WASHINGTON – In August, New Era Cap Co. Inc. said President Trump's promised tariffs on headwear made in China would have a devastating effect on the company.
"If the tariffs on headwear go into effect, the new costs will force us to make immediate and significant cuts to our U.S. operations, including workforce reductions," New Era's CEO, Christopher H. Koch, said in an Aug. 8 letter to Trump's top trade official.
Three months and five days later, New Era on Tuesday announced plans to close its manufacturing plant in Derby in March, a move that will claim more than 219 jobs.
But the company now says Trump's tariffs on consumer goods made in China – which went into effect on Sept. 24 – had nothing to do with its proposal to shutter its local factory.
"New Era’s contemplated decision to discontinue operations at its Derby facility was not the result of the tariffs that went into effect on Sept. 24," the company said in a statement to The Buffalo News. "Today’s announcement is about a change in the long-term operating footprint of the company in order to focus on emerging areas of growth, like e-commerce and social marketing."
Even so, New Era's earlier concerns about Trump's tariffs make Rep. Brian Higgins wonder if those tariffs hastened the company's plans to close its local plant.
"Look at their own words – New Era – in their testimony this summer," said Higgins, a Buffalo Democrat. "I think there is an implicit message in there that they're going to have to take drastic measures if the tariffs weren't removed. And they weren't removed."
The tariffs were changed, however, and New Era said in its statement that those changes helped reduce the tariffs' impact on its business.
"When the tariffs on consumer products from China were first announced in July, New Era – like many other U.S. companies – expressed its concern about the potential impact to the United States Trade Representative in very strong terms," New Era said in its statement to The News. "However, when the effective date of the tariffs was pushed back to late September and the (rate) was reduced to 10 percent from 25 percent, the company was able to mitigate the immediate impact of the tariffs via shifts in its global production network."
At issue is Trump's trade war with China and New Era's future. Angry about China's longstanding trade surplus with the U.S., Trump slapped a 10 percent tariff on an estimated $200 billion in Chinese imports on Sept. 24. The tariffs hit a wide range of consumer products.
While New Era's contract with Major League Baseball calls for it to manufacture its official baseball caps in the U.S., the company contracts with manufacturers in China and elsewhere to make other products.
Higgins said that means the tariffs could be putting financial pressure on New Era and forcing it to cut costs elsewhere – such as by closing the Derby facility and moving the production of official Major League Baseball caps from that plant to a facility in Miami.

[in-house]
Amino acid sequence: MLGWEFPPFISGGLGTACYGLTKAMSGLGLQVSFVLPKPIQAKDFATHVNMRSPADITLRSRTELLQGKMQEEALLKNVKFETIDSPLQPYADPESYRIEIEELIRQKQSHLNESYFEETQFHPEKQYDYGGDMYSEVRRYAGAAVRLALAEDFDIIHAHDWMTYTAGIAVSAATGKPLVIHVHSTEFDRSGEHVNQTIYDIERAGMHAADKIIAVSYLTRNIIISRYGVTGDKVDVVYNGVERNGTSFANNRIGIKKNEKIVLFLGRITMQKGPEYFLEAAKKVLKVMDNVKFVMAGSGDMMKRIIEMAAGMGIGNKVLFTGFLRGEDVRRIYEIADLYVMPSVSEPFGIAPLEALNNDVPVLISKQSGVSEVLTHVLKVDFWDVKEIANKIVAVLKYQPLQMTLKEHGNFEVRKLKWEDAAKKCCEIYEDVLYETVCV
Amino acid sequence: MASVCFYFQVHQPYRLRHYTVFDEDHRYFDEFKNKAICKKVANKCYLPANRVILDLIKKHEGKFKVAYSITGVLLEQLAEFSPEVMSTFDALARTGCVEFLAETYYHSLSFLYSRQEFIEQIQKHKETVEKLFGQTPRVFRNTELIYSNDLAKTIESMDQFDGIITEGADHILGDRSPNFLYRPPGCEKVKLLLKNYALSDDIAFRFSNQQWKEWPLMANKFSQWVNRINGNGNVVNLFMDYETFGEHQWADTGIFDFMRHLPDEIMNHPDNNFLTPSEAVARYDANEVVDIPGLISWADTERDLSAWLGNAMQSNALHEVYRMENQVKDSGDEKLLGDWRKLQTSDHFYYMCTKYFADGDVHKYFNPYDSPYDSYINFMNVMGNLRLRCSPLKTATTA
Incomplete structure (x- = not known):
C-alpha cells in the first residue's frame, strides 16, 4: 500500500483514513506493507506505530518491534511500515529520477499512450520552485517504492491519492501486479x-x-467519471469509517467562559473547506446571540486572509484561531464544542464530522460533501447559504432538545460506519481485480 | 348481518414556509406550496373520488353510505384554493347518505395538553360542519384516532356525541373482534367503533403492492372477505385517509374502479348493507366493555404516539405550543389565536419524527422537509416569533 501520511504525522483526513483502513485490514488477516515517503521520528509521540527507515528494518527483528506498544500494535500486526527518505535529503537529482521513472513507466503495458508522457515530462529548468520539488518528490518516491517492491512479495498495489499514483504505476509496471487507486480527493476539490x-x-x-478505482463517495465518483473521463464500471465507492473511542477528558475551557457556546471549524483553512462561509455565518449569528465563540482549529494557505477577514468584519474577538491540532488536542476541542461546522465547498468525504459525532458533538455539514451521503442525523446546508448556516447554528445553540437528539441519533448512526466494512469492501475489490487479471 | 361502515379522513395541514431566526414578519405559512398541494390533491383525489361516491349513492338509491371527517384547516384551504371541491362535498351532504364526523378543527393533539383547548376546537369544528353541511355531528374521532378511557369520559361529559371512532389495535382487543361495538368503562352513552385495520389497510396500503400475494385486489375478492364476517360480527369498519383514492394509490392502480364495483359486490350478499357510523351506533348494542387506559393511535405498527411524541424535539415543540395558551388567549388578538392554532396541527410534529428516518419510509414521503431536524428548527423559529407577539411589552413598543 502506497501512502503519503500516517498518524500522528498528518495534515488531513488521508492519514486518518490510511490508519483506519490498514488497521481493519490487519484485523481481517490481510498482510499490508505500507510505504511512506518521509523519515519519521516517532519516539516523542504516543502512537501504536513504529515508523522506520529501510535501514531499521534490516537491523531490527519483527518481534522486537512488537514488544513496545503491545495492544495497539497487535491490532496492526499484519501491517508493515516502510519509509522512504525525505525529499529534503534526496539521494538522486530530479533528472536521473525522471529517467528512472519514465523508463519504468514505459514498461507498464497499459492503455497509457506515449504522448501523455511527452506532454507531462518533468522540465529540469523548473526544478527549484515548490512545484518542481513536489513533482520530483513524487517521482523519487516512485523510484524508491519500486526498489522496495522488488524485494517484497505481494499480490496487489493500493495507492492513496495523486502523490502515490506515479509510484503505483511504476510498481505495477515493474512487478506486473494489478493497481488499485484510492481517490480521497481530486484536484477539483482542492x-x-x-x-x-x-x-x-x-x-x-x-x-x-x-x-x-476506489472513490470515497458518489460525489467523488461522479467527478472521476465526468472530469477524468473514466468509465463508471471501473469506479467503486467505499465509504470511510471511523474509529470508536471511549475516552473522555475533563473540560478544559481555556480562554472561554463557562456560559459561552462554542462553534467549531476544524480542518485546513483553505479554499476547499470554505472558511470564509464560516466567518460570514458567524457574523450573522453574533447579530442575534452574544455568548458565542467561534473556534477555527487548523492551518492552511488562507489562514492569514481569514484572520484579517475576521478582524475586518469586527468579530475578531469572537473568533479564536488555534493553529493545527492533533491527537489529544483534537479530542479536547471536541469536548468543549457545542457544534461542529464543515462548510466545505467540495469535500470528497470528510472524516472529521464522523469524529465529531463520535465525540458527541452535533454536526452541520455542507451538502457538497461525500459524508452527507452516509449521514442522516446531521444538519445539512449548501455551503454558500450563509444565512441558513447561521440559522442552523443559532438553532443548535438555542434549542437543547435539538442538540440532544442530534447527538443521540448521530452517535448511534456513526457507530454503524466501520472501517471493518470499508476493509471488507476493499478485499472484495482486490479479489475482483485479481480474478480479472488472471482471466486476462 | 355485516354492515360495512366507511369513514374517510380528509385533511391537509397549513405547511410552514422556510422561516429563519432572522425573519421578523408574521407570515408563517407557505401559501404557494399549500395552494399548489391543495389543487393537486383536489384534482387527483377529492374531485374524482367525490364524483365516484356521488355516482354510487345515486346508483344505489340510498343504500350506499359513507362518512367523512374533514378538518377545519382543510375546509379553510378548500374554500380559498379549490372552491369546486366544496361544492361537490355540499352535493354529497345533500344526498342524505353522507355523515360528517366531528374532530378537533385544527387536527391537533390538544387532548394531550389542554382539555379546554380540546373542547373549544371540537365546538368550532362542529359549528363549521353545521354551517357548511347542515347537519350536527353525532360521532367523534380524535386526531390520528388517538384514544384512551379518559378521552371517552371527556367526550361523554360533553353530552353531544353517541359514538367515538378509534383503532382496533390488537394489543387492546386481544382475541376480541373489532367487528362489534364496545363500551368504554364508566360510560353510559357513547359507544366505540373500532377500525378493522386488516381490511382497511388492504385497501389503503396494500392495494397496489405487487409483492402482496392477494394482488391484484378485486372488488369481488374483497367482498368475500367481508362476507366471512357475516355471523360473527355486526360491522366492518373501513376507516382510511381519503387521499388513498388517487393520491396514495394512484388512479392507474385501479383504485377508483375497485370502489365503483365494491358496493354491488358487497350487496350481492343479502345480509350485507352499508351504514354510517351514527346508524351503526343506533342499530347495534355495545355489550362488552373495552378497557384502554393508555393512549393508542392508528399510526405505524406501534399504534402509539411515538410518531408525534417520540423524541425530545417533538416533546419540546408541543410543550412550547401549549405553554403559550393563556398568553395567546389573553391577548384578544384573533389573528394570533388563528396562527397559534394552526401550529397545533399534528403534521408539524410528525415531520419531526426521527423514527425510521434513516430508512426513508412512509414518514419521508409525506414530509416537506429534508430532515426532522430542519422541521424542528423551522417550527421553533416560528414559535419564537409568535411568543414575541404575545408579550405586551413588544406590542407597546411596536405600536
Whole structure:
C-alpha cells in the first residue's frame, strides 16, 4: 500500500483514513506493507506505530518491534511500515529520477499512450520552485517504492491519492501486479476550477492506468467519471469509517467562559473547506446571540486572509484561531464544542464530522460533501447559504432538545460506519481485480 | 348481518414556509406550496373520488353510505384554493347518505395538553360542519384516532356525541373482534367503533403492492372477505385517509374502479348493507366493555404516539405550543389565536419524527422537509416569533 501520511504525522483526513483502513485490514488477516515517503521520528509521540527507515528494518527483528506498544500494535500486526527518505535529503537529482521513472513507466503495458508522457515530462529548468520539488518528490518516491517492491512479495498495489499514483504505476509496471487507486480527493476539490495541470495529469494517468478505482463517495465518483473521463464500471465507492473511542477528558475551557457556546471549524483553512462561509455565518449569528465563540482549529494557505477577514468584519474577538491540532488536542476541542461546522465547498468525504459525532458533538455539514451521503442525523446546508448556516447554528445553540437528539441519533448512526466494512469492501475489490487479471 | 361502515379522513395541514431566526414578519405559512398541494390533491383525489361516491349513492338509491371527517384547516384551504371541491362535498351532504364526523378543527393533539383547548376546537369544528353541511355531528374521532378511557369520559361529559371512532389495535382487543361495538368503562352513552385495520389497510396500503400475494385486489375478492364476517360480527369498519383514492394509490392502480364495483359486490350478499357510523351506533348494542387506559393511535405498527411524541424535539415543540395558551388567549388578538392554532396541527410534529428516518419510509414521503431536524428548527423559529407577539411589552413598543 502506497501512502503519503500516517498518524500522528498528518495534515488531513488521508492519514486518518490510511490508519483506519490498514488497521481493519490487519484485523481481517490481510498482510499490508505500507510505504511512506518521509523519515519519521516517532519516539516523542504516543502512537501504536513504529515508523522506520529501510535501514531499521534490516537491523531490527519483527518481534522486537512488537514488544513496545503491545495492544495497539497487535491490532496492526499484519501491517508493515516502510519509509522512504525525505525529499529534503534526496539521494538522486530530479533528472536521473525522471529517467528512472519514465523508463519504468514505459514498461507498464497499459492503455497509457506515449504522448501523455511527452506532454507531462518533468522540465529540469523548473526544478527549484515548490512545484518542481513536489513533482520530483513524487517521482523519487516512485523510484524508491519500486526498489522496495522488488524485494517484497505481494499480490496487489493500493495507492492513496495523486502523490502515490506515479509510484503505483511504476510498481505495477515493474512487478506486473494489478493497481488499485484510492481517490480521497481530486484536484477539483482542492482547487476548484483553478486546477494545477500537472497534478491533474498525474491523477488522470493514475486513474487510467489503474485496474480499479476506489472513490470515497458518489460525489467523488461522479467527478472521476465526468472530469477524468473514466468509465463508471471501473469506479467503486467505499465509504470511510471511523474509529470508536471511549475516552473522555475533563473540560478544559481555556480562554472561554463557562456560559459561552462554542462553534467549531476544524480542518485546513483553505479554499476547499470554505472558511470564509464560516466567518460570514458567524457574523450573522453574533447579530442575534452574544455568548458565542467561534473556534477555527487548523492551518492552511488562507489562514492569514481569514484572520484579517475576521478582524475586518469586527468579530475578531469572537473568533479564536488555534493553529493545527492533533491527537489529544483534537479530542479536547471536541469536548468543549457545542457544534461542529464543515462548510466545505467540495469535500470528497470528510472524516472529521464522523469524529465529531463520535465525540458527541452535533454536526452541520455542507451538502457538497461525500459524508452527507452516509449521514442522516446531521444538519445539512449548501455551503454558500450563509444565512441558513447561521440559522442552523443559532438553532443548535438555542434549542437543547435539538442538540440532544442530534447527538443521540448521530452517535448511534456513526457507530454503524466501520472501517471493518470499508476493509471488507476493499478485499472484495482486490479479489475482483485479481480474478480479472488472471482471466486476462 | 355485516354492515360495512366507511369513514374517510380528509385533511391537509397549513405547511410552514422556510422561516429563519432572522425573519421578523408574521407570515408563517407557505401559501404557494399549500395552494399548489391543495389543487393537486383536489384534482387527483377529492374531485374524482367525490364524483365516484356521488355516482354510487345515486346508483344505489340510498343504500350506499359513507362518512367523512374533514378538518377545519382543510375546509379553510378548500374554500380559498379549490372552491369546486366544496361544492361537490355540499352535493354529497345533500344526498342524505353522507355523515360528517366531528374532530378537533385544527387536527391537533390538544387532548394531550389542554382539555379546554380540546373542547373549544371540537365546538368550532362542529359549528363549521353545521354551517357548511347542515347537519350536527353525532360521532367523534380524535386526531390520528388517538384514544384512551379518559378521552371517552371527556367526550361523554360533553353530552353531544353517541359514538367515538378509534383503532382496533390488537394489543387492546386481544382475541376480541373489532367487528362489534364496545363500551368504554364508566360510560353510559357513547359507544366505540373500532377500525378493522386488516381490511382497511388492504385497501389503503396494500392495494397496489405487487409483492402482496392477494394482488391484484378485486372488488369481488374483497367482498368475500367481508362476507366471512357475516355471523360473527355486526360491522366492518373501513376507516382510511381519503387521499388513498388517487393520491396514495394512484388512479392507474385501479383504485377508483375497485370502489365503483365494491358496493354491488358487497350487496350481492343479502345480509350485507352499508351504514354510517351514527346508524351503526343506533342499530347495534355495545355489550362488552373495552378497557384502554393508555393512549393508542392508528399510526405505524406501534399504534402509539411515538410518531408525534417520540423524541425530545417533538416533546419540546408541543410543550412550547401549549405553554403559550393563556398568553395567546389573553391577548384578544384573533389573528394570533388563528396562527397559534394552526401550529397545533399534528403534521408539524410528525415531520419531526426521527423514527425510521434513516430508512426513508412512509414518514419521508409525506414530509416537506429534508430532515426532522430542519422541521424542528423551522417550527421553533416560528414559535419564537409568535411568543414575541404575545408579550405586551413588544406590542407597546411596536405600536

The congressman said he's not implying that Trump's tariffs directly caused the proposed closure of the New Era plant in Derby.
"What I'm saying is that a company takes a comprehensive look at its balance sheet, at its revenue and costs, and if there are stresses in one area, they might make a shift in another area – in this case, production," Higgins said.
Higgins wasn't alone in thinking that tariffs might have something to do with New Era's move. Erie County Executive Mark C. Poloncarz -- a vehement critic of Trump's tariffs -- saw the letter New Era sent to the U.S. trade representative and thought the same thing.
"Tariffs can have unintended consequences," Poloncarz said, pointing to the recent shutdown of Bak USA, a Buffalo-based maker of computer tablets. "New Era might be an example of it, too."
But in announcing the planned closure of the Derby plant on Tuesday, the company never even mentioned tariffs.
And when asked about the tariffs a day later, the company said in a statement: "As part of New Era’s regular and ongoing evaluation of its operations, the company reviews all aspects of its business, including the Derby plant. During the first quarter of 2018, it became clear to the company that it needed to move away from operating a manufacturing plant and move more aggressively into branding and marketing."
In other words, the company was contemplating shifting its strategy months before Trump announced his tariffs.
But Higgins said he still believes Trump's tariffs did no good for the Derby facility.
"One way or another, there appears to be a connection," he said.
Higgins noted that the tariffs on imported headwear from China are scheduled to increase to 25 percent by the end of this year – which is exactly the rate New Era complained about in its letter to Robert E. Lighthizer, Trump's U.S. trade representative.